Discussion, reflection, and making music in class.

The final version of the new National Core Arts Standards are due out in June. While I am cautiously optimistic that these will be a helpful, balanced tool to teach music and the other arts, I have some grave concerns, as mentioned in previous posts.

Today I want to look at one aspect in detail. Namely, using class time to discuss or write about music. This includes all the following verbs found in the draft standards:

  • Discuss
  • Evaluate
  • Explain
  • Document (not exactly the same, but related)

While all of these verbs are used, the vast quantity of standards include the term explain. Explain can mean either a written document or a verbal discussion. Describe and Evaluate are likewise ambiguous. Discuss obviously refers to verbal communication, while Document is clearly written (and not always with words, this could include notation).

To give you a sense of how prevalent these terms are in the document, look at fifth grade. Out of 26 standards, 20 include one of these discussion/writing verbs. Now, granted, the last six “Connecting” standards are actually verbatim repeats of earlier standards, but when taking these out of consideration, the ratio is 15/20, not a lot better.

So what does “explain” look like in the classroom? Here are some possible scenarios. The number of minutes after each example is my personal estimate of how long this would take to do well. Keep in mind, to be a documented assessment, every child in the room must participate!

  1. Large group discussion – Take the time to hear what each child thinks on a subject. This would be time-consuming and repetitive, as many children would just copy what they hear from those before them. 15-20 min. per activity.
  2. Small group discussion – Split the class into small groups of 3-6 and ask them to discuss a topic. Put one child in charge of making sure that everyone takes a turn speaking. Ask the group to report back on discussion to the class as a whole. While this may seem more efficient, and is certainly a better learning model, the teacher would be unable to effectively assess each child’s input, and the process would actually take longer than discussing with the full class, by the time each group establishes their routine, and decides what to share with the class as a whole. 20-30 min.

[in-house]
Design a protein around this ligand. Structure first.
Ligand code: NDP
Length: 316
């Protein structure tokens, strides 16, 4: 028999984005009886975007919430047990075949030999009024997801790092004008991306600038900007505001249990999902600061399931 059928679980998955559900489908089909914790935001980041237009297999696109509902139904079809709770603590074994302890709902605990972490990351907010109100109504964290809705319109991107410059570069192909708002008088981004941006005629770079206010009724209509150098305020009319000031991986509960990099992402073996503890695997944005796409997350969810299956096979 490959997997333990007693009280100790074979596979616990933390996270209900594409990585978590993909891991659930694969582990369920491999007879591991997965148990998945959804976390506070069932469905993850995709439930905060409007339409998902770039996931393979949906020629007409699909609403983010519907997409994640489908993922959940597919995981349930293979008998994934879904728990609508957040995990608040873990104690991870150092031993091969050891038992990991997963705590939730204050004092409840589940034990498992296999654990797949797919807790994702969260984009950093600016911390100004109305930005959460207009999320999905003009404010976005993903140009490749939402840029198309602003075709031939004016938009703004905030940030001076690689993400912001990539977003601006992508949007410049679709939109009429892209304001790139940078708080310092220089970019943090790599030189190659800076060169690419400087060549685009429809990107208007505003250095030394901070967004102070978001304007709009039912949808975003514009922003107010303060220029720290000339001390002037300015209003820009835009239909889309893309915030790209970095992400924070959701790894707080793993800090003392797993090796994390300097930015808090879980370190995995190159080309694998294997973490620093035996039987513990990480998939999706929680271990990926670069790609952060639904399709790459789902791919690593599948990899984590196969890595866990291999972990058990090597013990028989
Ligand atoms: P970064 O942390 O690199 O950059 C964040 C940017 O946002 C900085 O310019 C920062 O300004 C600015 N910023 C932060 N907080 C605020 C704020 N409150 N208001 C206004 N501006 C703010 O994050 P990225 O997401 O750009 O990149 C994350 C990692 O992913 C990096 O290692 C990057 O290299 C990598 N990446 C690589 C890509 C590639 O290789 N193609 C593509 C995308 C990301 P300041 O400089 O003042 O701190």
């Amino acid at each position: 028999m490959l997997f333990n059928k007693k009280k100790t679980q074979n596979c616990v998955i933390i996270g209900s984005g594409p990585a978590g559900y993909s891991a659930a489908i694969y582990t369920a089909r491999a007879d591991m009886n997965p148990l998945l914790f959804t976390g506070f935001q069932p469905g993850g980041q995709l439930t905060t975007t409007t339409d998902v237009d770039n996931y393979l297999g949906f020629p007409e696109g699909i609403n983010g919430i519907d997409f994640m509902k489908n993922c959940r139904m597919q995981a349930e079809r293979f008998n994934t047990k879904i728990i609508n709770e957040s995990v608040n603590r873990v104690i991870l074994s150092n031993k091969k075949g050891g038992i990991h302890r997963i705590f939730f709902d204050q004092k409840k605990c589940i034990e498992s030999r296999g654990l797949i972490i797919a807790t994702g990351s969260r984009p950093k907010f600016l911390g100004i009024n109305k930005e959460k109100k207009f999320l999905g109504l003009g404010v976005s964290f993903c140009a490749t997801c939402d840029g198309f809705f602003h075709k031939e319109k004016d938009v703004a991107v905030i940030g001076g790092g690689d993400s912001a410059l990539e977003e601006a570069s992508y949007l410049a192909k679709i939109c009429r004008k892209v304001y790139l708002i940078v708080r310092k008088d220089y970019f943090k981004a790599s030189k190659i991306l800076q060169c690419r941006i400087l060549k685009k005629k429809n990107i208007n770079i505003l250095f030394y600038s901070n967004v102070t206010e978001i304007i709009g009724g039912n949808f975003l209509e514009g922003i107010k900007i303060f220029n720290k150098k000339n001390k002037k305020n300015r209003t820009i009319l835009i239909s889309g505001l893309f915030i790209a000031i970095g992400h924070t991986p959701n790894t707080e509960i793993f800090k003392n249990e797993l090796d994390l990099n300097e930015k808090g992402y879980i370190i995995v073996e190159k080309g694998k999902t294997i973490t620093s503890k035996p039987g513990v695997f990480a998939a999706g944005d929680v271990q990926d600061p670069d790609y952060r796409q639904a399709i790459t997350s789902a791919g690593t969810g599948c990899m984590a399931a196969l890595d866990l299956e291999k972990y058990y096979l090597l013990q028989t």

3. One on one discussion – Establish a class activity that students can do independently (such as a small group or individual game, playing quiet instruments, writing, stations, etc.). Take one child at a time away from the activity and ask questions to establish understanding. 25-40 min.
  4. Written reflection – Pass out paper and pencils (and a hard writing surface if you have a flexible space with no desks like mine). Either pre-print questions on the papers or write questions on the board. Give students adequate time to think and write. 10-25 min.

Let’s take a low average and say it takes about 15 minutes to do each assessment. By the time you set up the questions, establish groups, stations, or pass out papers, it will normally be much more. Now remember that the standards ask for at least 15 such activities during the 5th grade year. That averages to about one discussion/writing every 2-3 weeks, or one every twelve school days. If you see your students 1-2 times per week, that means every 2-3 class periods you will be doing a discussion or written assessment that takes around half your period! Of course each teacher’s schedule will vary, but this could easily end up becoming 20-50% of your teaching time with that class.

I don’t have a problem with discussion and written reflection. I think they are valuable tools for learning. I also know that it is something I need to personally work to develop as a habit with my students. However, I think this should take more like 5-10% of my time with students. I want the vast majority of time (say 60-70%) spent making music: singing, playing, dancing, improvising, etc. I want another large chunk devoted to composing, notating, and reading (maybe 20%). Then I need time (10%) to teach a little history and culture, exposing my children to music that they cannot perform themselves. While I understand that the standards/assessments are designed to be integrated, and not separate from these activities, the reality of that much time spent discussing and writing makes me fear that performance and creative skills (i.e., music skills) will suffer.

I’m hoping the final version of the standards is more balanced towards making music! If you have suggestions on how you would implement these discussions/reflections in a more time-efficient manner, please share them in the comments!

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